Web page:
Health care company BG Medicine Inc. (Nasdaq: BGMD), will need to raise additional funds for operations and to pay debt.

The Waltham, Mass.-based company says there is substantial doubt about the company's ability to continue as a going concern, or without the threat of liquidation, because of operating history, forecasted losses and negative cash flows, in a Nov. 6 filing with the U.S. Securities and Exchange Commission.

Although the company says it has enough cash on hand to operate through the end of the year, BG incurred a $13.9 million loss for the nine months ended Sept. 30, and expects to incur losses for the rest of the year.

BG says in the filing that it will need to raise additional funds to finance operations and service existing debt. In January, the company closed a public offering of 6.9 million shares to raise $13.8 million.

In May, the company got a notice from the Nasdaq exchange that shares of the company's stock were trading below the required value. The company has until March 24 to regain compliance. On Dec. 10, BG’s shares opened at $0.65. The company originally went public in February 2011.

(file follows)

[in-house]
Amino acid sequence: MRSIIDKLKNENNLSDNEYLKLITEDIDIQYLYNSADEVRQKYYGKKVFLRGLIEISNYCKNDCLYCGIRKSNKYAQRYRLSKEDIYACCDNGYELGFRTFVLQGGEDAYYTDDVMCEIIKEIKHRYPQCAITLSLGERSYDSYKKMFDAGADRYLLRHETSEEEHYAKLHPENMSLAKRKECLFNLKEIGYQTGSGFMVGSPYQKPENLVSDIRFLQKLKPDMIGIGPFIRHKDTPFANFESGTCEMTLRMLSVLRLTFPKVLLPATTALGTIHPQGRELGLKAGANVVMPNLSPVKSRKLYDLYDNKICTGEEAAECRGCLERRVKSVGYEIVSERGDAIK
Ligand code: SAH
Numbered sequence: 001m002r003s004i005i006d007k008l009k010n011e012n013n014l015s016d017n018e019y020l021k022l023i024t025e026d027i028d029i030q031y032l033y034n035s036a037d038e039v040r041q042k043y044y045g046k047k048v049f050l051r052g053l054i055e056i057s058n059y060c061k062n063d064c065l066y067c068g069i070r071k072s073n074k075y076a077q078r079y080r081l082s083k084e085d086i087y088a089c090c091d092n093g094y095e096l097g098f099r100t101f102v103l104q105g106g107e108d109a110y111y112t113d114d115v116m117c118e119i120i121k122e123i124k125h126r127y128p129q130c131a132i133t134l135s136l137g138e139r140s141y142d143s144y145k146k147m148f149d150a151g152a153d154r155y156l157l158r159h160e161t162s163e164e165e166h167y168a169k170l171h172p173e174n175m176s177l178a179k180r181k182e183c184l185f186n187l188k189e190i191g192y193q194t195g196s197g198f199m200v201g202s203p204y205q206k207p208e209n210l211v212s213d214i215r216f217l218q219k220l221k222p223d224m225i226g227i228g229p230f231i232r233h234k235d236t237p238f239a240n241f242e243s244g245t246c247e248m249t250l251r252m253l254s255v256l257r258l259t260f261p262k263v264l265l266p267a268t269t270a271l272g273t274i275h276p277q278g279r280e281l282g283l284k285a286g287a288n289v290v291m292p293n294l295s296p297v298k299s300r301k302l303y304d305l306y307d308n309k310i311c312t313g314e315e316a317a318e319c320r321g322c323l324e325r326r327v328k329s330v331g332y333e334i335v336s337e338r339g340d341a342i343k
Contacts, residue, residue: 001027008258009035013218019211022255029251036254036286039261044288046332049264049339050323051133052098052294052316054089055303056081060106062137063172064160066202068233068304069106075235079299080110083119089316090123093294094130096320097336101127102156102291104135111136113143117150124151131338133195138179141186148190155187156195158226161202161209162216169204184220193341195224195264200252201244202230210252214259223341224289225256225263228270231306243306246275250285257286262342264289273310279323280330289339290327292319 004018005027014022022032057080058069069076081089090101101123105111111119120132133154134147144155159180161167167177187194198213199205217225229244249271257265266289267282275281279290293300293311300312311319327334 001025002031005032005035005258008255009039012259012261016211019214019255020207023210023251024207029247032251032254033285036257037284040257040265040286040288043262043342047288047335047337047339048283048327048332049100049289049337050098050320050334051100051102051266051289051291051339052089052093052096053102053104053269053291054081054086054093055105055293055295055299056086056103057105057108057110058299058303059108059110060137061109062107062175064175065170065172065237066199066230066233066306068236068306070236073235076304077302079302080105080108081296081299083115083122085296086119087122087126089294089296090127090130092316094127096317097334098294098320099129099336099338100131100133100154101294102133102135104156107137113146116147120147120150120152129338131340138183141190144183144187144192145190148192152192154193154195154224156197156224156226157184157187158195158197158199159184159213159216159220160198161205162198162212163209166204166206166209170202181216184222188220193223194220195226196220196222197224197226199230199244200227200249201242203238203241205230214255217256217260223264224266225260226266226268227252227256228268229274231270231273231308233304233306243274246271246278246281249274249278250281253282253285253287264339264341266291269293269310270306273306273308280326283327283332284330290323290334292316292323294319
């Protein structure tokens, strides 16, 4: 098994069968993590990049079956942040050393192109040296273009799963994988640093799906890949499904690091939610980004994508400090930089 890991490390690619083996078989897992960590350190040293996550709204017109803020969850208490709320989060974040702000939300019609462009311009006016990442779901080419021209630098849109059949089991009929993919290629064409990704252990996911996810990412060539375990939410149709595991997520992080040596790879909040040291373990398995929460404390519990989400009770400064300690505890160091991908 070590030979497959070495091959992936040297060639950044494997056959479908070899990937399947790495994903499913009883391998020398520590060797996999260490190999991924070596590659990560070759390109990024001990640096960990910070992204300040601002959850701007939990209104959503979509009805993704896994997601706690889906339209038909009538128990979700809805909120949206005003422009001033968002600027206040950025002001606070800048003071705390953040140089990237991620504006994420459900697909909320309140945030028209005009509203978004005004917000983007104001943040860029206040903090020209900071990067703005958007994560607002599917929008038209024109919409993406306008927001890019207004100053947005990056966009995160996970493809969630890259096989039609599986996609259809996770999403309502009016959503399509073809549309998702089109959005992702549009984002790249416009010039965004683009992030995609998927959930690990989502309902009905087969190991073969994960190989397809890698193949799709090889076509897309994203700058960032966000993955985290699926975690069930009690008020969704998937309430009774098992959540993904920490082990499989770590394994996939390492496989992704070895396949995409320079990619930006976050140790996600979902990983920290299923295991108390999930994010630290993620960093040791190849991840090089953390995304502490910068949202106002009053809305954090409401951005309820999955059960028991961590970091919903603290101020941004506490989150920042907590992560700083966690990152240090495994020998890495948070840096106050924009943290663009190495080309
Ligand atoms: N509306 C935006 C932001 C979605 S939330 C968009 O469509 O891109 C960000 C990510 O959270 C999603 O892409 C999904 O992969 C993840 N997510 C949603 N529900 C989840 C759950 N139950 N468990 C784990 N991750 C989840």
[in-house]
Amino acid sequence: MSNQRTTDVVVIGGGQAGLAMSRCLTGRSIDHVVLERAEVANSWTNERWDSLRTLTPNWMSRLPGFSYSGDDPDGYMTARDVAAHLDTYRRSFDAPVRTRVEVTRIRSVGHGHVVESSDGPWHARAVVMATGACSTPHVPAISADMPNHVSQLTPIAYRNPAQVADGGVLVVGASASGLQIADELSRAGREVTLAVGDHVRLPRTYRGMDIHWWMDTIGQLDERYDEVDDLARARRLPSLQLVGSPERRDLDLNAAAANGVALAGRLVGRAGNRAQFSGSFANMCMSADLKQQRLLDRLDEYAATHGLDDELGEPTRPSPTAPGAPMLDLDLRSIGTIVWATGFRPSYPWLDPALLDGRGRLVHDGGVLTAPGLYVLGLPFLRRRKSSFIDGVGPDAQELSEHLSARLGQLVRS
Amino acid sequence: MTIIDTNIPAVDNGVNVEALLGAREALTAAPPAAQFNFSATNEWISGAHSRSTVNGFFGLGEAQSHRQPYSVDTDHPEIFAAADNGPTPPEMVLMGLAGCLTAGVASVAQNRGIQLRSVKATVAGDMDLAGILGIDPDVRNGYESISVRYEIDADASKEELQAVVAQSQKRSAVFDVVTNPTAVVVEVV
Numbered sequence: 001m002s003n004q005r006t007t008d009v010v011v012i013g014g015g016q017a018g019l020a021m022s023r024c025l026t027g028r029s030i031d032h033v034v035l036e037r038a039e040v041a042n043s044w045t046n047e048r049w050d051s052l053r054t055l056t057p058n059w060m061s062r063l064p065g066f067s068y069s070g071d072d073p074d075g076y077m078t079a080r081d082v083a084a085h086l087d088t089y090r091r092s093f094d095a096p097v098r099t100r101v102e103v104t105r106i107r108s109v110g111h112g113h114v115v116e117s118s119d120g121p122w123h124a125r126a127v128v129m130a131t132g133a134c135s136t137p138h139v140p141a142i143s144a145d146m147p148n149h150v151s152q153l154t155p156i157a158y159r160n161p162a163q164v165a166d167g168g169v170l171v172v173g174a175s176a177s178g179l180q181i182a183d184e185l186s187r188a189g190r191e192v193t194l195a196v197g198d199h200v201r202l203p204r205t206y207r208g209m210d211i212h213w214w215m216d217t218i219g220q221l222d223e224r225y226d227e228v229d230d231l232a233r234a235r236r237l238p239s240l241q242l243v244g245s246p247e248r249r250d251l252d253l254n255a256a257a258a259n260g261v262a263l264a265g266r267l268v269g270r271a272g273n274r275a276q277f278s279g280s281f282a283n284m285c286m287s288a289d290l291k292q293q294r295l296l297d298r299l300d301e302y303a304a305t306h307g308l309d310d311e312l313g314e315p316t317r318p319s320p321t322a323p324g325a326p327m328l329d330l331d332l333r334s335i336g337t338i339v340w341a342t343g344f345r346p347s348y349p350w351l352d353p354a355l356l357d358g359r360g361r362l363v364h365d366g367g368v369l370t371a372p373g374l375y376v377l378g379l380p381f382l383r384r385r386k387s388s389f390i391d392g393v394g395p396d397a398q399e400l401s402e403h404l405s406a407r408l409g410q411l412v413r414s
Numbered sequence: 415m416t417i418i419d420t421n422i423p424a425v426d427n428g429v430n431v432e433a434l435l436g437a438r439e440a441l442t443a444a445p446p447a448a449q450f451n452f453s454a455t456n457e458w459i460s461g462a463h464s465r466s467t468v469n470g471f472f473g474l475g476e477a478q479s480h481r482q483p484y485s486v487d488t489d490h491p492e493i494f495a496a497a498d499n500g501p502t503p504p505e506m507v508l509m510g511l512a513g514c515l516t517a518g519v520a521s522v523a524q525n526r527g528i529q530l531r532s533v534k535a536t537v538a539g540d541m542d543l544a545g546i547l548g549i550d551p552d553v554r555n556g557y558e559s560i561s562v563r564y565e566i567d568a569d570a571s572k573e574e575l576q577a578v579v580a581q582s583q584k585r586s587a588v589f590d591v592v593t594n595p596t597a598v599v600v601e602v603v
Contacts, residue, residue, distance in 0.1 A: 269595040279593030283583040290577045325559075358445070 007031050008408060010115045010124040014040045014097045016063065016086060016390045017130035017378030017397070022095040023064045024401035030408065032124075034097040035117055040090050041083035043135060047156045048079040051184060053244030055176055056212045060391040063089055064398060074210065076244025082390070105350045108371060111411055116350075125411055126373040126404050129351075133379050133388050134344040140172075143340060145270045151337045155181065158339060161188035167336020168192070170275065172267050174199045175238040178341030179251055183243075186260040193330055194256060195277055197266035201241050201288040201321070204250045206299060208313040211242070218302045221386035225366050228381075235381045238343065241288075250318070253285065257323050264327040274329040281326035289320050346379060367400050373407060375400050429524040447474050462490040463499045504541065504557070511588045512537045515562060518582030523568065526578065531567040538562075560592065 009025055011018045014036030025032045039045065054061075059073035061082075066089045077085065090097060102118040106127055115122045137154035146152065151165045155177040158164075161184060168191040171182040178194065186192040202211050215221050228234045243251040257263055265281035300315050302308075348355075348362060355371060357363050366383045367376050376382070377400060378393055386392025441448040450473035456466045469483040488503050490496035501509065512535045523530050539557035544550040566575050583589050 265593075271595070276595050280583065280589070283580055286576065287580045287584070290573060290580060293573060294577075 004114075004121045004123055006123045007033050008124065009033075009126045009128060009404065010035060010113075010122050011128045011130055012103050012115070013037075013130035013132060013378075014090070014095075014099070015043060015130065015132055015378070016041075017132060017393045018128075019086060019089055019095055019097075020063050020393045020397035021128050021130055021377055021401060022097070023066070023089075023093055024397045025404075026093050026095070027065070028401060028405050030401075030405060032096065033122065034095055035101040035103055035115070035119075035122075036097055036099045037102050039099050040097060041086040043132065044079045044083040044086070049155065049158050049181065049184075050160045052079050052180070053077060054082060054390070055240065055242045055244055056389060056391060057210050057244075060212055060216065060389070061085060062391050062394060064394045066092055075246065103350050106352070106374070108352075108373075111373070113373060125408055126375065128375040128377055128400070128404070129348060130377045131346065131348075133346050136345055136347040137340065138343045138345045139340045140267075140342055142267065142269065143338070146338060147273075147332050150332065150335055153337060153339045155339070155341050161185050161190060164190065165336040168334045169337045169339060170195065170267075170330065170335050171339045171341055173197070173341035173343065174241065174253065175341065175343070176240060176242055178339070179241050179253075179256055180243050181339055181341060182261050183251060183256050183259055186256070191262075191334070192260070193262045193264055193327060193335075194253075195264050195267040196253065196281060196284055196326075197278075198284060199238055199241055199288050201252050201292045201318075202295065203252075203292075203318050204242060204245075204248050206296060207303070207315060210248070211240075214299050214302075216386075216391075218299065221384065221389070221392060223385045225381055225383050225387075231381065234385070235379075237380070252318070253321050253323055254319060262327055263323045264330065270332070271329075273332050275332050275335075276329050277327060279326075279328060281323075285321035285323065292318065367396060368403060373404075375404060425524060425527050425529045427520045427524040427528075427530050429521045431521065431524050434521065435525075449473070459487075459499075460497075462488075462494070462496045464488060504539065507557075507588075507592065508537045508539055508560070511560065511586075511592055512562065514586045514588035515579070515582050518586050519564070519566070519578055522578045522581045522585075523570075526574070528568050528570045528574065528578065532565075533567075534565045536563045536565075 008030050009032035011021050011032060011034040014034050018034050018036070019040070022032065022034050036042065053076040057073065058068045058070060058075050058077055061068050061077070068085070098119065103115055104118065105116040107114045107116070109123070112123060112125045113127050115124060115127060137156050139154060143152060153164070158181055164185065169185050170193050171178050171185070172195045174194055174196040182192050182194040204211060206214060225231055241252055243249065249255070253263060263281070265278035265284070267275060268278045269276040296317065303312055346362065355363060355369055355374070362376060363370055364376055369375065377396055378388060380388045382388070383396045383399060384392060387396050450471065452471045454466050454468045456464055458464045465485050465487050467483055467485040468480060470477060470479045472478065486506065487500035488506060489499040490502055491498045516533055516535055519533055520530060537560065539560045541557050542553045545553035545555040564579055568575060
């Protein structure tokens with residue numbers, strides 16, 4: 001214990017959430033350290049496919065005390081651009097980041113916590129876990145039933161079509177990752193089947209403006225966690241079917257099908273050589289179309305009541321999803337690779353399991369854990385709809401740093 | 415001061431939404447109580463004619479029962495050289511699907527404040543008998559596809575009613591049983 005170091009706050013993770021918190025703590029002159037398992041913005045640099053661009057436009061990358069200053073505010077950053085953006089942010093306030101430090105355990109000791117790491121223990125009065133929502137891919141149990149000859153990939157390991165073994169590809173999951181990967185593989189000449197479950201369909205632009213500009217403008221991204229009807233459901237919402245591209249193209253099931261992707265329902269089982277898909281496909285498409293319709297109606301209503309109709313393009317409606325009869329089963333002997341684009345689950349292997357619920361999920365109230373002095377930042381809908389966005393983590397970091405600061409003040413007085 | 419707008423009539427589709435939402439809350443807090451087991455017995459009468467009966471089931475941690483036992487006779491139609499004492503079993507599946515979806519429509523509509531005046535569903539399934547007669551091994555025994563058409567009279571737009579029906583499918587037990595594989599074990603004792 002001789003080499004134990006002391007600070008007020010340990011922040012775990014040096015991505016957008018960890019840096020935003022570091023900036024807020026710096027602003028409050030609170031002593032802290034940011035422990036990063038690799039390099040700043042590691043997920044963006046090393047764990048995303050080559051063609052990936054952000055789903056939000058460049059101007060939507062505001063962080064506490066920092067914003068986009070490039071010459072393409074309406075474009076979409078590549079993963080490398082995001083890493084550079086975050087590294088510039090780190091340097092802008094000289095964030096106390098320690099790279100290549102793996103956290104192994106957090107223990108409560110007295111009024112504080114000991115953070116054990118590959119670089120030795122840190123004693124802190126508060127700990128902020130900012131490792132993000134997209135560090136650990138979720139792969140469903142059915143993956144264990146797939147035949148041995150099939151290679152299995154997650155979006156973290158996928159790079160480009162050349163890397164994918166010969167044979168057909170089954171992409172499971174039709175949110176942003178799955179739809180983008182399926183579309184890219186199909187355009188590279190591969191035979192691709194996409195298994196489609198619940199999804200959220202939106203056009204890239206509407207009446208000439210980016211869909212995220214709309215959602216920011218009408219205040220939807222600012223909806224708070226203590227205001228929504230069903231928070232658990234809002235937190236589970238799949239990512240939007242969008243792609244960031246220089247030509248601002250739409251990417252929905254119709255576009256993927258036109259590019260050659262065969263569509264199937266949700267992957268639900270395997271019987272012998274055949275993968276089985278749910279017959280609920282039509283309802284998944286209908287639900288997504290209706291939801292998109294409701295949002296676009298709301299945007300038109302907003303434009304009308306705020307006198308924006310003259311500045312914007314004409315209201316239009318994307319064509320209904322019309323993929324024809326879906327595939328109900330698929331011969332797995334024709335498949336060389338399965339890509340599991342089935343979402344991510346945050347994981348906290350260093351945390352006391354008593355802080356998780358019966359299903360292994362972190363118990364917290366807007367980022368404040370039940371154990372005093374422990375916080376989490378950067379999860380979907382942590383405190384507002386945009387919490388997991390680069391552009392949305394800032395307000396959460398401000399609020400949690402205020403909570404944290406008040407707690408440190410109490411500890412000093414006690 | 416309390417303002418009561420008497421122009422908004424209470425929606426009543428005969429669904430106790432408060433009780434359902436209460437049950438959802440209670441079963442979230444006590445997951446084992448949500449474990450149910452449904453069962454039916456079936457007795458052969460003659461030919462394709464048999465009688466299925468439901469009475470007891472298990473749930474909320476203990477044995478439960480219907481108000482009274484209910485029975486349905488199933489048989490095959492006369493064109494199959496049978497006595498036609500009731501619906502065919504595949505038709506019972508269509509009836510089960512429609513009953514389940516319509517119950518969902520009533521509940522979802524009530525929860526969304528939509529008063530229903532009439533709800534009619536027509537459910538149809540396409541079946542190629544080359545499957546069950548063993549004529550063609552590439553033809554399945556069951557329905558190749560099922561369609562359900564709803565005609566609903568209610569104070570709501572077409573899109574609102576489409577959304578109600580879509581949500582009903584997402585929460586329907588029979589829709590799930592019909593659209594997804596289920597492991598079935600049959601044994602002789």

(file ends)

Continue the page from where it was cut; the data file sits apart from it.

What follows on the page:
BG develops therapies that aim to manage heart failure and related disorders. The company has developed two diagnostic tests, BGM Galectin-3, which aids in assessing prognoses of patients diagnosed with heart failure, and CardioScore, which is designed to identify individuals at high-risk for heart attack and stroke.

The company’s BGM test is currently reimbursed by the Centers for Medicare and Medicaid Services at $17.80 per test. BG is forecasting higher reimbursement levels for 2014, which it hopes will engage additional test providers and reduce operating expenses.

In February, the company got a $10 million secured term loan that matures in September 2015. The company amended the loan in May to allow for a three-month deferral of principal payments beginning May 1.

For last week’s edition of Turnaround Tuesday, see “Eagle Bulk Joins List of Shippers Suffering from Low Charter Rates.” 

For more struggling companies, see Mergers & Acquisitions’ Distressed Company Watch List

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